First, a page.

Meeting of the Beaconsfield and Chesham CPF to discuss the latest brief on Environment, Food and Rural Affairs.   Good discussion, but the brief from Central office was totally biased, churning out the discredited views of Al Gore.   I quote "In the UK, we can expect drier summers, wetter winters, higher sea levels and a greater risk of flooding".    It is a pity that we cannot forecast the weather for next week!    The meeting ended in agreement that we should do all we can to economically develop sustainable resources and to conserve energy as well as we can.

Mea Culpa
At the Woodstock literary festival I asked David Cameron a question about our rotten electoral system.   I did not get a very good answer.   However, the question I should have asked was this:    "At a time when the World is on the edge of economic collapse, when the Dole queues in the UK are about to go up to 2 million, when 20% of households are living on an income of less than £100 per week, why is it that not a single fat cat banker, useless politician, incompetent Council treasurer or greedy auditor stood up and said "Mea culpa"?.
Do the people have to take to the streets to change the rotten system that has led us to this sorry state?
My Week
dc & s kellner.JPG (733903 bytes)Friday October 10thAt the Woodstock Literary Festival on a sunny day in Blenheim Palace.
(L) David Cameron interviewed by Simon Kellner of "The Independent" with a photographer taking a picture of you!
(R) And afterwards, David signing copies of the book "Cameron on Cameron."

Wednesday October 8th - Went to the cinema to see "How Ohio Pulled it Off", the story of how the Republican Party stole the election of the President in Ohio in the 2004 Presidential election.    Why did Kerry give in?   The Republicans did the same in Florida in 2000.   It is quite clear that George W. Bush should never have been elected   President.   It is also clear that the USA has a rotten democracy.    It needs cleaning up.   Hanging chads, voting machines that do not work, machines which have clearly been tampered with, electors deleted off electoral rolls, suspect registration processes, armed service votes from overseas not counted, voters forced to wait up to twelve hours to cast their vote and much more.   On top of all this corruption we have the pork barrel politics of Washington and the obscene amount of money spent on elections.   The World's greatest democracy is really a banana republic.   It cannot continue like this.   The chickens are coming home to roost.   We are witnessing the decline and fall of the World superpower.   It will be painful for all of us.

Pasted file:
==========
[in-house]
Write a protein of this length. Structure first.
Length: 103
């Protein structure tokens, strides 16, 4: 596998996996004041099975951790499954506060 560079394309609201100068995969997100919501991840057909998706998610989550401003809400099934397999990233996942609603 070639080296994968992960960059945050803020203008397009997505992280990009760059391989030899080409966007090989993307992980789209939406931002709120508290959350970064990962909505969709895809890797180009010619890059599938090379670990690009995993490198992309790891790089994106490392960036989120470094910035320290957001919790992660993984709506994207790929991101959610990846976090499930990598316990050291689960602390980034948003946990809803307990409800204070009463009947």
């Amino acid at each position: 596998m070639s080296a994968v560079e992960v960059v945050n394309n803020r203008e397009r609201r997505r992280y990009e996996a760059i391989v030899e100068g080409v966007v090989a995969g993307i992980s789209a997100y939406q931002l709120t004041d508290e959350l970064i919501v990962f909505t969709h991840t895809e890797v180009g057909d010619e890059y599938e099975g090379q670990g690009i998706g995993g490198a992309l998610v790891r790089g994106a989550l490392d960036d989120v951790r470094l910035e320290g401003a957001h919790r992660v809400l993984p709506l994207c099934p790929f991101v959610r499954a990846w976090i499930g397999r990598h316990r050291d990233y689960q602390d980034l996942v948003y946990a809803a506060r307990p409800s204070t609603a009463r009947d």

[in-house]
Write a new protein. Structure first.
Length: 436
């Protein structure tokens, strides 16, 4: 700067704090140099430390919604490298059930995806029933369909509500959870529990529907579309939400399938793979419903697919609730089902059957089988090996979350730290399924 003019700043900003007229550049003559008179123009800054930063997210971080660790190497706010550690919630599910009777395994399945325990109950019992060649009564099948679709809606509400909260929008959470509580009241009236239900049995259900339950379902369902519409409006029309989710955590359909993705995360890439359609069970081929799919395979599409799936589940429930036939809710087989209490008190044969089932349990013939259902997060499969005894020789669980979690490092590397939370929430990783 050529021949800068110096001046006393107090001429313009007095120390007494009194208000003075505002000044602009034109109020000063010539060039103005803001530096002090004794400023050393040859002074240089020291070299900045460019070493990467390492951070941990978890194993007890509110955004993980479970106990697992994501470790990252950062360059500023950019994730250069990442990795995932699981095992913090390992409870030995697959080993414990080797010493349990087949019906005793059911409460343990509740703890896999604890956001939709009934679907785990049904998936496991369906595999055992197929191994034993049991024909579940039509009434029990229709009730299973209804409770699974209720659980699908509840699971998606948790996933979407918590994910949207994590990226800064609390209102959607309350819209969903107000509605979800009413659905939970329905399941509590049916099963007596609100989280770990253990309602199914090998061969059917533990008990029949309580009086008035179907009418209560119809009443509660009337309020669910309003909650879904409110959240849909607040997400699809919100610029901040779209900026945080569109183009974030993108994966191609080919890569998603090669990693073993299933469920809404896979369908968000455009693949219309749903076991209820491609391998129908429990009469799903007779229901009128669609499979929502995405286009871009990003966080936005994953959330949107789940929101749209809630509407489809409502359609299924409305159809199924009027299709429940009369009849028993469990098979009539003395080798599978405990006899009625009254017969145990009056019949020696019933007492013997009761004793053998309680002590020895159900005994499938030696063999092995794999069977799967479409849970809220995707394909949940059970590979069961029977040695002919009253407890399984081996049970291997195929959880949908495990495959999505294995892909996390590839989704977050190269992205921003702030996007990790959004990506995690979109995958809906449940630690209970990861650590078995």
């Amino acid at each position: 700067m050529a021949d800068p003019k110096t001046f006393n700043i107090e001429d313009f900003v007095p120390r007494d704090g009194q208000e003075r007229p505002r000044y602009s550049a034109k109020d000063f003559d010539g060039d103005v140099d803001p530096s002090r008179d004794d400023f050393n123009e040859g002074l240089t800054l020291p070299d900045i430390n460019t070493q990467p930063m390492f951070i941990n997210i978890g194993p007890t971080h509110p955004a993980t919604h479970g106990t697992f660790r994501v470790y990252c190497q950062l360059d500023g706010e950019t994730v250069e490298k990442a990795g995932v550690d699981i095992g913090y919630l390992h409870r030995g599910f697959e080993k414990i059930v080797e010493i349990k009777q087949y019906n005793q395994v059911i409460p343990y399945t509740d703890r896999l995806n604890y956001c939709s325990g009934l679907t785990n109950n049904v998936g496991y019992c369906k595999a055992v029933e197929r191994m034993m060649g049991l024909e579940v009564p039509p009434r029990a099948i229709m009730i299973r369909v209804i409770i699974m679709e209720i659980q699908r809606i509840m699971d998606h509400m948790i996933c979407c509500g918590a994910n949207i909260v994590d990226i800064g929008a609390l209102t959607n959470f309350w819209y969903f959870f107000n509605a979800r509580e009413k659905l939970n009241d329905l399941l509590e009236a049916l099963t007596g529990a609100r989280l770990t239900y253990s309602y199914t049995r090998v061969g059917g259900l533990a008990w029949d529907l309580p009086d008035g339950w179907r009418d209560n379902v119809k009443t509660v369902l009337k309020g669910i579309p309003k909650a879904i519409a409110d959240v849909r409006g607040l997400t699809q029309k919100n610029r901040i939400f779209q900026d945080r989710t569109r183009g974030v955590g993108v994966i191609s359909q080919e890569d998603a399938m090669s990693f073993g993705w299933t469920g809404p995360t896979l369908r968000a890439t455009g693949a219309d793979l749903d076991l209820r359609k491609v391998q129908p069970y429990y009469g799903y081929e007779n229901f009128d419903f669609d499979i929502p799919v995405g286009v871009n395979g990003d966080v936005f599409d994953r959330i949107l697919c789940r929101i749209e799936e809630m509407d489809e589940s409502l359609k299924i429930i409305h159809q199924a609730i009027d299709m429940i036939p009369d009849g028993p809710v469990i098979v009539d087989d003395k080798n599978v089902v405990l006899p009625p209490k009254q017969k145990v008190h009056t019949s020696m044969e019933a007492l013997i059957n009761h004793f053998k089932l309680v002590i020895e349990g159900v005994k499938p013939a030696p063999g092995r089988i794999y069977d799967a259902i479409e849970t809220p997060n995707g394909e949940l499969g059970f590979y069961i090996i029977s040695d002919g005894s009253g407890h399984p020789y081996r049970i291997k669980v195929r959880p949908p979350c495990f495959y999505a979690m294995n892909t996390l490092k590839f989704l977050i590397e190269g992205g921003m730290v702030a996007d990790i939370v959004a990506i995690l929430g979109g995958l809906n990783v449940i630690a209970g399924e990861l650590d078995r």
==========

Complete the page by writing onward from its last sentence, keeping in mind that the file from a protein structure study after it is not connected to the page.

Your Comments - Candidate interference
On Conservativehome web site:
"Some local Conservatives expect usual attempts by CCHQ to influence the process. On the margins of the Birmingham Conference, party officials were seen making strategic introductions for favoured candidates.... this year the Chairmen of the most winnable selecting seats were allocated tickets by CCHQ that were normally given to reward long or exceptional service by members of the voluntary party."
The final nail in the coffin of fair selections and a kick in the teeth for hard-working activists!!
This must be one of the most boring Party conferences in Conservative Party history - no debates, no participation, no involvement.   The Party Conference has become a corporate event, a media presentation, more akin to the launch of a Microsoft product than a political happening.    Even the Fringe has been taken over by corporate sponsorship.    This Conference was expensive, £100 per night in the hotels, the hall was too small, you could not get in for any big name speaker; the stewards were obsessed with health and safety, no standing.   There was no tribal feel about the Conference.    Lots of ambitious young men about to start their climb up the greasy pole, but where were the ordinary Party members?   It is time to bring back the real Party Conference, with motions for debate, in a seaside town where there is cheap accomodation.   If necessary have the media presentation as a seperate event.
On points of praise - the Birmingham police were excellent, always polite and friendly.   Some of the speeches from the platform were excellent including the last two thirds of David Cameron's speech, which was one of the best ever.
As for the National Convention, the quicker this is abolished the better.
Ever since the Parliamentary Party took over the Conference the role of the ordinary member has been diminished.   It is time for the voluntary party to start the fight back.   Now it is being proposed that three more MPs join the Party Board.   This should be fought tooth and nail.   The power of the Parliamentary Party has increased, is increasing, and should be diminished, otherwise as a mass political Party the Conservative party will cease to exist.